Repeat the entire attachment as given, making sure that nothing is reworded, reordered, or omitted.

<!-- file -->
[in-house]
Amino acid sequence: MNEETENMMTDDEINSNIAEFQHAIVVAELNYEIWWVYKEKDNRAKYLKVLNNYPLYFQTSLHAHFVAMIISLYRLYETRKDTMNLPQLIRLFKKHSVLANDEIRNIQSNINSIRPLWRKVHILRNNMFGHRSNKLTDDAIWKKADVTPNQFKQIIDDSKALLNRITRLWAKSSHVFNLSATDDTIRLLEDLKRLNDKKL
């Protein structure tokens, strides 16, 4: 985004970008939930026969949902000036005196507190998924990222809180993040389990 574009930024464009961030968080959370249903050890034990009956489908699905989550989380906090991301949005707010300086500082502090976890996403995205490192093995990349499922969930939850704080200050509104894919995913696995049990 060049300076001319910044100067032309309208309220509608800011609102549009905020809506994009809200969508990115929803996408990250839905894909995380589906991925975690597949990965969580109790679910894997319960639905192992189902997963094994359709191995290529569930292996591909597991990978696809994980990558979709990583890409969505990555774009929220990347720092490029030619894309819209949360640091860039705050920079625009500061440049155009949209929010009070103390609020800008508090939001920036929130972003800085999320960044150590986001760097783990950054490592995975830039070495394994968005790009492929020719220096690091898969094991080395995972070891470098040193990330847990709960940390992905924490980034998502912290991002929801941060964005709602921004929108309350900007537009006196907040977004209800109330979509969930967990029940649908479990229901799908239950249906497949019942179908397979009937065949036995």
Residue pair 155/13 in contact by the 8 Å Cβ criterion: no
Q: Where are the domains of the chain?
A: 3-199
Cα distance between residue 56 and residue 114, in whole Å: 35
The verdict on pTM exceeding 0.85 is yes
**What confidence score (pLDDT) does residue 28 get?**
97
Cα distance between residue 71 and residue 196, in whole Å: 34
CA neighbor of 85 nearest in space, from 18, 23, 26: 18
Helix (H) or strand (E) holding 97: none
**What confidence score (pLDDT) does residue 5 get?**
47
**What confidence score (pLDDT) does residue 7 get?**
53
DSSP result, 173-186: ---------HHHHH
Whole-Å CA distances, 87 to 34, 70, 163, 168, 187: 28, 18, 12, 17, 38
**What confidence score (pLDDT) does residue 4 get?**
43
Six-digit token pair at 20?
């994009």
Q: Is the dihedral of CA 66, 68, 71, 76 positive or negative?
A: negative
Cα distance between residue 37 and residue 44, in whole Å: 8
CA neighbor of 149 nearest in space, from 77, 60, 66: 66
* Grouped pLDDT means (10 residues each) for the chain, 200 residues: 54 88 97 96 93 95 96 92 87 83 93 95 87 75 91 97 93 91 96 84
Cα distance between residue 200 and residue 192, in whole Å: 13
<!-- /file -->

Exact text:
[in-house]
Amino acid sequence: MNEETENMMTDDEINSNIAEFQHAIVVAELNYEIWWVYKEKDNRAKYLKVLNNYPLYFQTSLHAHFVAMIISLYRLYETRKDTMNLPQLIRLFKKHSVLANDEIRNIQSNINSIRPLWRKVHILRNNMFGHRSNKLTDDAIWKKADVTPNQFKQIIDDSKALLNRITRLWAKSSHVFNLSATDDTIRLLEDLKRLNDKKL
């Protein structure tokens, strides 16, 4: 985004970008939930026969949902000036005196507190998924990222809180993040389990 574009930024464009961030968080959370249903050890034990009956489908699905989550989380906090991301949005707010300086500082502090976890996403995205490192093995990349499922969930939850704080200050509104894919995913696995049990 060049300076001319910044100067032309309208309220509608800011609102549009905020809506994009809200969508990115929803996408990250839905894909995380589906991925975690597949990965969580109790679910894997319960639905192992189902997963094994359709191995290529569930292996591909597991990978696809994980990558979709990583890409969505990555774009929220990347720092490029030619894309819209949360640091860039705050920079625009500061440049155009949209929010009070103390609020800008508090939001920036929130972003800085999320960044150590986001760097783990950054490592995975830039070495394994968005790009492929020719220096690091898969094991080395995972070891470098040193990330847990709960940390992905924490980034998502912290991002929801941060964005709602921004929108309350900007537009006196907040977004209800109330979509969930967990029940649908479990229901799908239950249906497949019942179908397979009937065949036995």
Residue pair 155/13 in contact by the 8 Å Cβ criterion: no
Q: Where are the domains of the chain?
A: 3-199
Cα distance between residue 56 and residue 114, in whole Å: 35
The verdict on pTM exceeding 0.85 is yes
**What confidence score (pLDDT) does residue 28 get?**
97
Cα distance between residue 71 and residue 196, in whole Å: 34
CA neighbor of 85 nearest in space, from 18, 23, 26: 18
Helix (H) or strand (E) holding 97: none
**What confidence score (pLDDT) does residue 5 get?**
47
**What confidence score (pLDDT) does residue 7 get?**
53
DSSP result, 173-186: ---------HHHHH
Whole-Å CA distances, 87 to 34, 70, 163, 168, 187: 28, 18, 12, 17, 38
**What confidence score (pLDDT) does residue 4 get?**
43
Six-digit token pair at 20?
């994009």
Q: Is the dihedral of CA 66, 68, 71, 76 positive or negative?
A: negative
Cα distance between residue 37 and residue 44, in whole Å: 8
CA neighbor of 149 nearest in space, from 77, 60, 66: 66
* Grouped pLDDT means (10 residues each) for the chain, 200 residues: 54 88 97 96 93 95 96 92 87 83 93 95 87 75 91 97 93 91 96 84
Cα distance between residue 200 and residue 192, in whole Å: 13